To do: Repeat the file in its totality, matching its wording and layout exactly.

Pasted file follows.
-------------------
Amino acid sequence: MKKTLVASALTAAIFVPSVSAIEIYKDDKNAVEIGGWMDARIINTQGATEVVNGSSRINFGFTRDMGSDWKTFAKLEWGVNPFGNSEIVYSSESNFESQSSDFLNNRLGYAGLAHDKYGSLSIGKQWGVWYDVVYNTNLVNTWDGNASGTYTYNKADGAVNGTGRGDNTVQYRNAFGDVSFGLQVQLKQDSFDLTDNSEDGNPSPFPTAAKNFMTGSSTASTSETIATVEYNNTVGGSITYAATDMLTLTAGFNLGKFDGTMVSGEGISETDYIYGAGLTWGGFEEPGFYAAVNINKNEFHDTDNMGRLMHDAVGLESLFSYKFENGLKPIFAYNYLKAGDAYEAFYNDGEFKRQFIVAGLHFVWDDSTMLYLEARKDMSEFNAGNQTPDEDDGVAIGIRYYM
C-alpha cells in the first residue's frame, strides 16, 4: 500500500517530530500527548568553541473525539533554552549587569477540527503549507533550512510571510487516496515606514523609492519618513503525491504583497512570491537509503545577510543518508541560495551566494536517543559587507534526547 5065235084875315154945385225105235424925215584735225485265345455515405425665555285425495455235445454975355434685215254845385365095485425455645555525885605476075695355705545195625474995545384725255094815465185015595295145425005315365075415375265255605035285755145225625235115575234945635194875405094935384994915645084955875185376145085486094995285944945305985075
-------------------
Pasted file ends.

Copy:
Amino acid sequence: MKKTLVASALTAAIFVPSVSAIEIYKDDKNAVEIGGWMDARIINTQGATEVVNGSSRINFGFTRDMGSDWKTFAKLEWGVNPFGNSEIVYSSESNFESQSSDFLNNRLGYAGLAHDKYGSLSIGKQWGVWYDVVYNTNLVNTWDGNASGTYTYNKADGAVNGTGRGDNTVQYRNAFGDVSFGLQVQLKQDSFDLTDNSEDGNPSPFPTAAKNFMTGSSTASTSETIATVEYNNTVGGSITYAATDMLTLTAGFNLGKFDGTMVSGEGISETDYIYGAGLTWGGFEEPGFYAAVNINKNEFHDTDNMGRLMHDAVGLESLFSYKFENGLKPIFAYNYLKAGDAYEAFYNDGEFKRQFIVAGLHFVWDDSTMLYLEARKDMSEFNAGNQTPDEDDGVAIGIRYYM
C-alpha cells in the first residue's frame, strides 16, 4: 500500500517530530500527548568553541473525539533554552549587569477540527503549507533550512510571510487516496515606514523609492519618513503525491504583497512570491537509503545577510543518508541560495551566494536517543559587507534526547 5065235084875315154945385225105235424925215584735225485265345455515405425665555285425495455235445454975355434685215254845385365095485425455645555525885605476075695355705545195625474995545384725255094815465185015595295145425005315365075415375265255605035285755145225625235115575234945635194875405094935384994915645084955875185376145085486094995285944945305985075